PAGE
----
Kerrie Logan Hollihan
Teaching the Power of Wonder
Dr. Percy Julian was my neighbor in Oak Park, Illinois. I didn’t know the family who lived in the pretty home surrounded by an iron fence. But I heard the story, that the house was firebombed after they had bought it back in 1951. The Julian's were African-Americans coming to a white community.
Later I learned more. Dr. Julian was someone who didn’t take no for an answer. He grew up in the segregated South going to black-only schools. He hoped to study plant chemistry, but no southern college would accept a Negro, so he moved on. He went to DePauw University in Indiana and helped pay tuition by waiting tables at a white fraternity. He graduated at the top of his class in 1920 and wanted to get his doctorate at Harvard. Harvard refused, because that would mean Julian could teach whites—and that was not allowed.
Julian moved on. He went to Austria to earn his doctorate, and in that lab he studied chemicals in plants, especially beans. Many excellent medicines came from plant chemicals, but extracting them was often costly.
Upon returning to DePauw to teach, Julian was able to synthesize a plant chemical called physostigmine. His discovery produced inexpensive medicine for patients with glaucoma, an eye disease causing blindness. But the Great Depression fell across America, and DePauw ran out of money to fund his research.
Julian moved on. A Chicago paint company hired Julian as the first African-American to head a research lab in American industry. Julian had to travel for his work, and motels refused him a bed. One year he slept in his car 32 times, sometimes in the dead of winter.
Julian and his coworkers developed inks and paper coatings, dog food and a product called Aero-Foam to extinguish fires on aircraft carriers. His team discovered many uses for soybeans, at that time viewed as food for cows and pigs. Most important, they synthesized “Substance S” from soybeans. This synthetic drug replaced wildly-expensive cortisone. Julian’s landmark achievement offered relief to kids suffering from the painful and disfiguring disease rheumatoid arthritis.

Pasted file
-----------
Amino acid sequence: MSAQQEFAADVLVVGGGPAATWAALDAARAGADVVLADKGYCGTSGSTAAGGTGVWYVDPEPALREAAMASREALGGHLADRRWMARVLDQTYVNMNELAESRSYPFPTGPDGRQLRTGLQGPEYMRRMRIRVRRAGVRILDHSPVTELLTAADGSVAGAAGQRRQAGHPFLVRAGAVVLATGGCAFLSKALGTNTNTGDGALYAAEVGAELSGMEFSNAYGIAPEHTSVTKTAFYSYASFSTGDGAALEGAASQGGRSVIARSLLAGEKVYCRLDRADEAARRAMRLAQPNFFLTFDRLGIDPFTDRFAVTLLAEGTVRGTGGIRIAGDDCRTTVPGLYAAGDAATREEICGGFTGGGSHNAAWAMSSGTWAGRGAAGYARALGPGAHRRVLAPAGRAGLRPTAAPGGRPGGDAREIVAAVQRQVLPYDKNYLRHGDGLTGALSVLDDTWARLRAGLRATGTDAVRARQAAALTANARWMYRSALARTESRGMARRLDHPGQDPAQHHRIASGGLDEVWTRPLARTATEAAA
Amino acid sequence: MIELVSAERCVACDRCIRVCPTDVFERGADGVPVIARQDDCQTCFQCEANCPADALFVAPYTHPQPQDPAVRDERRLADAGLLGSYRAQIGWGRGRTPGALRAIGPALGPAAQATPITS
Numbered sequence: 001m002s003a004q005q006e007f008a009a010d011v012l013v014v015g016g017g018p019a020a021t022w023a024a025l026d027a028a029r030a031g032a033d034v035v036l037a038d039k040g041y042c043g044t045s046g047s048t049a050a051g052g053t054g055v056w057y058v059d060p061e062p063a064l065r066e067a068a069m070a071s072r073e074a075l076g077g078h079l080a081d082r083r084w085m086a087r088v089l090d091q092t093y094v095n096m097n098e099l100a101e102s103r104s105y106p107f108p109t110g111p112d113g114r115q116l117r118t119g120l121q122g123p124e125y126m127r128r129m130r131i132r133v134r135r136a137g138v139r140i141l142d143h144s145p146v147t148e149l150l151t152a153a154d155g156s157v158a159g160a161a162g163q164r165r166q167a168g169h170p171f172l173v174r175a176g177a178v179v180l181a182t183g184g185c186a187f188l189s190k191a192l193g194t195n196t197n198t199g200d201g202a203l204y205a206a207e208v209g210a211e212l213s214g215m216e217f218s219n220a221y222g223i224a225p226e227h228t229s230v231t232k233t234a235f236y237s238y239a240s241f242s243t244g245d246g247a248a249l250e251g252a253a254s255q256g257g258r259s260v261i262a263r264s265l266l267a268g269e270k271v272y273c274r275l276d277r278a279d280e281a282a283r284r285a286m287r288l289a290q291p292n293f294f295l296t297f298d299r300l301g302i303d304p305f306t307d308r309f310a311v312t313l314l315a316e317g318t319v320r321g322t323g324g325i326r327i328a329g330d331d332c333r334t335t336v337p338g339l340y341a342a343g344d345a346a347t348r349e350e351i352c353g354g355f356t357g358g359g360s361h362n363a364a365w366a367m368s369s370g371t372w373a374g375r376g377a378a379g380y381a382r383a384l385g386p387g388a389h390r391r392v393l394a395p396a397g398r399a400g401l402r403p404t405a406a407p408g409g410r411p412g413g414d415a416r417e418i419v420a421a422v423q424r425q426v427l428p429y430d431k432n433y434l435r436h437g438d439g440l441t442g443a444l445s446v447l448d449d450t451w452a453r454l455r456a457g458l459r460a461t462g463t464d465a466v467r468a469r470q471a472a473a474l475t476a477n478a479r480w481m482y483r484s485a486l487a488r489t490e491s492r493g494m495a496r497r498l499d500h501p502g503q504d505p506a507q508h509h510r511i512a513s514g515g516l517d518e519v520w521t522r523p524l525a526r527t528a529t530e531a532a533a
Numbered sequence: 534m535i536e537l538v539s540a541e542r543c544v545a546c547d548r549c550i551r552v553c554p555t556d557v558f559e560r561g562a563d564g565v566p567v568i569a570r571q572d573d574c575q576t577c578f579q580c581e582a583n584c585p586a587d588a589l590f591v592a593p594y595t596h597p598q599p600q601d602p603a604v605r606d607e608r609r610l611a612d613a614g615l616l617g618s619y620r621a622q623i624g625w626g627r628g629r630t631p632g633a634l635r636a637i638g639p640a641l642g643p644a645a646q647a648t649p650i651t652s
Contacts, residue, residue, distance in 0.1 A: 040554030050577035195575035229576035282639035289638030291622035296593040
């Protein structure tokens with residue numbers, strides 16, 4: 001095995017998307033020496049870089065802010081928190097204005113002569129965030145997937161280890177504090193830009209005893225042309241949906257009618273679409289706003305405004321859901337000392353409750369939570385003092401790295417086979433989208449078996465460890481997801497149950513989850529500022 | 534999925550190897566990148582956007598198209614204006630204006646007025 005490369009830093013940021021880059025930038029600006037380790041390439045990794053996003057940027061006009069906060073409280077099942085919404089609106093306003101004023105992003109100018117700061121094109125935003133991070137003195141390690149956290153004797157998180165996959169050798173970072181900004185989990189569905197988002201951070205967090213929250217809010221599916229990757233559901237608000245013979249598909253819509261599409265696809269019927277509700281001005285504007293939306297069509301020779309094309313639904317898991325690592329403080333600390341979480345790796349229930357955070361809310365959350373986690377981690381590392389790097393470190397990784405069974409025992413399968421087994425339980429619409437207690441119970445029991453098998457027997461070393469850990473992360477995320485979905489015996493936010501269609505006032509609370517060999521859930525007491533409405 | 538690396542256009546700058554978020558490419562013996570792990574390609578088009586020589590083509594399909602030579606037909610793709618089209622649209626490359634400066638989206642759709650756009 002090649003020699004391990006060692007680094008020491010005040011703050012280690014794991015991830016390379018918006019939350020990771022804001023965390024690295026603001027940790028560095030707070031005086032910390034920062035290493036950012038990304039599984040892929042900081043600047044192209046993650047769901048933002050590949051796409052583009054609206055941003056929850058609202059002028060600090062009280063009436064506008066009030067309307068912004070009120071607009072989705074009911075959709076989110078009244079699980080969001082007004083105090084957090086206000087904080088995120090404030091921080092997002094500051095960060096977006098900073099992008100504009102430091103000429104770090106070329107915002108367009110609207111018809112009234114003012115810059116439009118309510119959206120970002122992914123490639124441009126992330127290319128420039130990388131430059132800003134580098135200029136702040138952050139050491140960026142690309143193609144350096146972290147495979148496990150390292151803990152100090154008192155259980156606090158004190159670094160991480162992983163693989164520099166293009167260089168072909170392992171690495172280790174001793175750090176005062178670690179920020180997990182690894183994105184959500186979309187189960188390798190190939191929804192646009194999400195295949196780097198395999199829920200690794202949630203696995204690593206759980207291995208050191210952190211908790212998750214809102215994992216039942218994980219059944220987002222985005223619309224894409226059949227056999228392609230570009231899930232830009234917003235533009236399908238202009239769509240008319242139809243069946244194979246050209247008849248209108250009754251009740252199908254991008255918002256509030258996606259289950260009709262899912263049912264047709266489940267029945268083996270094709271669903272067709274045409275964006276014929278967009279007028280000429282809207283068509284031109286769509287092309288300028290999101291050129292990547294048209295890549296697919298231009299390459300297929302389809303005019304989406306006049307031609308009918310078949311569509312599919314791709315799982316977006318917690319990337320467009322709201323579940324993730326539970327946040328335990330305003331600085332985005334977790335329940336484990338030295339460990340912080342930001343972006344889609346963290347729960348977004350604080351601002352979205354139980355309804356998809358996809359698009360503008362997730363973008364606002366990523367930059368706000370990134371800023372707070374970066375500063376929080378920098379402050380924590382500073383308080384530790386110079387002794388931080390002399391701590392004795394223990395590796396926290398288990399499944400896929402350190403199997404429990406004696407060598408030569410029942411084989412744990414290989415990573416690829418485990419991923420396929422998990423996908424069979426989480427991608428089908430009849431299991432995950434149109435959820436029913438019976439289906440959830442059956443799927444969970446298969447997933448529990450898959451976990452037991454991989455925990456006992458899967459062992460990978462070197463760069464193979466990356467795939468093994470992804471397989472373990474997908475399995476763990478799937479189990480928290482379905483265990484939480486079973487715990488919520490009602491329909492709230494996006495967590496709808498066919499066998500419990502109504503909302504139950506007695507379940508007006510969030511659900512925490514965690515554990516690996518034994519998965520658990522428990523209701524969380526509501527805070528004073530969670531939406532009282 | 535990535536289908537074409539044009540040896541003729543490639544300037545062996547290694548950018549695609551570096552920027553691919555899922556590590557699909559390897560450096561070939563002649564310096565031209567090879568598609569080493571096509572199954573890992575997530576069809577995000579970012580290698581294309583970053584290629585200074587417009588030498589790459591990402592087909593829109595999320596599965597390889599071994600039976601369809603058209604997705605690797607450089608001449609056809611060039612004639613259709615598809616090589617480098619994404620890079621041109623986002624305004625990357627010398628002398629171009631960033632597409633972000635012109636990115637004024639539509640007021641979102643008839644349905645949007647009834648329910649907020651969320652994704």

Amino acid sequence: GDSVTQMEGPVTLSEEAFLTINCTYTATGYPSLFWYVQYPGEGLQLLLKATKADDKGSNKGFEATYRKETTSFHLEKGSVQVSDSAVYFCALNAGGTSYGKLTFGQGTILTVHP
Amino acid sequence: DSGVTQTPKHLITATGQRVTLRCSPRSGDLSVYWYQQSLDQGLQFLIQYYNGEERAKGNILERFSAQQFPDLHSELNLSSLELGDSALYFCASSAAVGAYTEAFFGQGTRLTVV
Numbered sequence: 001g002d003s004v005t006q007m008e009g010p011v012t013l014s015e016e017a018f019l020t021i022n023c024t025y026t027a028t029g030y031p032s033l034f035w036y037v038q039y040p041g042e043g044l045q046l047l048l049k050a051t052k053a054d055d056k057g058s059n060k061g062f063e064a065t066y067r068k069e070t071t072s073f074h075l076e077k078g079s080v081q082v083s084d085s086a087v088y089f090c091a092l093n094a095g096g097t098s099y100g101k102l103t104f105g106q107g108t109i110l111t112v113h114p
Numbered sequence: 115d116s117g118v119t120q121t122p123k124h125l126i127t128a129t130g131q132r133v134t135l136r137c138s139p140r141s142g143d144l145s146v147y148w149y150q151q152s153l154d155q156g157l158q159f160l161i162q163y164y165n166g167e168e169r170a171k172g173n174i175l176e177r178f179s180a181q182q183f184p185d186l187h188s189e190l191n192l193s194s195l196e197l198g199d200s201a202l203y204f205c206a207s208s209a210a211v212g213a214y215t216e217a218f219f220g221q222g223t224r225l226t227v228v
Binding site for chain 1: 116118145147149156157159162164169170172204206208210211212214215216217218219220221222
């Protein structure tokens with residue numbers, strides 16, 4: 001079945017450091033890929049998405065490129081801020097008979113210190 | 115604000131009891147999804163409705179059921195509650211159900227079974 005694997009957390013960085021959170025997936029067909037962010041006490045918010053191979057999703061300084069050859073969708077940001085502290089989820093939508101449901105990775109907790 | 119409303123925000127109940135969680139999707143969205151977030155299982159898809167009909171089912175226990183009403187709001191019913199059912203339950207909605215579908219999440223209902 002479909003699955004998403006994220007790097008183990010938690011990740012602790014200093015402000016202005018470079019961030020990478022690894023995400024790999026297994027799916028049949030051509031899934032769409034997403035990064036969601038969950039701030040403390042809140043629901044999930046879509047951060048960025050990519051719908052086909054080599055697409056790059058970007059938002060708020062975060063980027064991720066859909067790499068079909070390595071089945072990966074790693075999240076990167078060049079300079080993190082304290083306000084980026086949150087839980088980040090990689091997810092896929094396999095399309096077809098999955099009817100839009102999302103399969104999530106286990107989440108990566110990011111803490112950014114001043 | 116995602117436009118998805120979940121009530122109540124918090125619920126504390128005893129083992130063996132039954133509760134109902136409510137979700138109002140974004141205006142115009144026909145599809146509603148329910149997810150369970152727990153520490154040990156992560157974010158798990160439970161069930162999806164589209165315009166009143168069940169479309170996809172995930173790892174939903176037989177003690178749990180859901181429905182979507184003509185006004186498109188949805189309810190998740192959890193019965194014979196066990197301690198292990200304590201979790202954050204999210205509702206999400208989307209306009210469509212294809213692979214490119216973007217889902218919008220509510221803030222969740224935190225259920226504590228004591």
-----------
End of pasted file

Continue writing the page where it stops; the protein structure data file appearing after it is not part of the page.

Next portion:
Percy Julian worked all his days, always moving on to make life better. He built his own research business, volunteered at church, played the piano, and loved his family. He became a quiet hero to many, including me. I’m writing a book about Dr. Julian, which I hope you’ll see in print. For now, visit this site.
Kerrie Hollihan has already written about one great scientist, Sir Isaac Newton. You can read more about this book here.
Kerrie Hollihan is a member of iNK's Authors on Call and is available for classroom programs through Field Trip Zoom, a terrific technology that requires only a computer, wifi, and a webcam. Click here to find out more.
MLA 8 Citation
Hollihan, Kerrie Logan. "Dr Percy Julian: Forgotten Genius." Nonfiction Minute,
iNK Think Tank, 13 Feb. 2018, www.nonfictionminute.org/
Henry VIII gets a lot of bad press notably for his seven wives and a regrettable habit of chopping off heads. But there were two Henrys: early and late. Early Henry was a humdinger.
He became king at age 17 in 1509, a big (over six feet) handsome lad. He was broadly educated and well-read in English, Latin, and French. He played the lute, organ, and harpsichord, composed music, and sang well. He loved a party, and he was a ferocious sportsman. Henry played excellent tennis, was a skilled wrestler, hunter, and jouster.
His love of jousting may have been his undoing. This was not a battle skill but a royal game: on huge horses, in heavy armor, opponents rode at each other with blunt lances to knock each other out of the saddle. But in 1536 Henry left his face-covering visor up during a joust, catching a lance on his forehead. His majesty went down under his horse. His legs were crushed and he lay unconscious for two hours, apparently a serious concussion.
Henry changed radically. The broken long bones in his legs healed poorly and developed infected ulcers, which had to be drained using red hot probes. Ouch. Walking became difficult and painful, and finally impossible. The smell from his infected legs was awful. He became angry, paranoid, and irrational. No longer active, he ate and ate, bloating from around 210 pounds (95 kg) to 400 pounds (181 kg). This was late Henry: obese, dangerous, and smelly. His altered mental state and his constant pain surely contributed to his marital difficulties and to steady employment for head-choppers.
A mental, physical wreck, Henry VIII died at age 55 in 1547. Court embalmers replaced his innards with sawdust, resin and herbs to preserve the body, but Henry was already rotting from the legs up. The royal corpse was placed in a sealed lead coffin. An enormous regal procession set off from Whitehall Castle to Windsor Castle. The funeral parade halted the first day at the old Syon Abbey. In the middle of the night, the lead coffin exploded!
Or did it? Some historians suggest that it simply broke because Henry was too fat and the roads were bad. Yet contemporary morticians insist that gasses of decomposition can blow open even a modern sealed coffin. The coffin was soldered shut and the parade hustled on to the burial at Windsor, an untidy end for a wonderful and terrible king.
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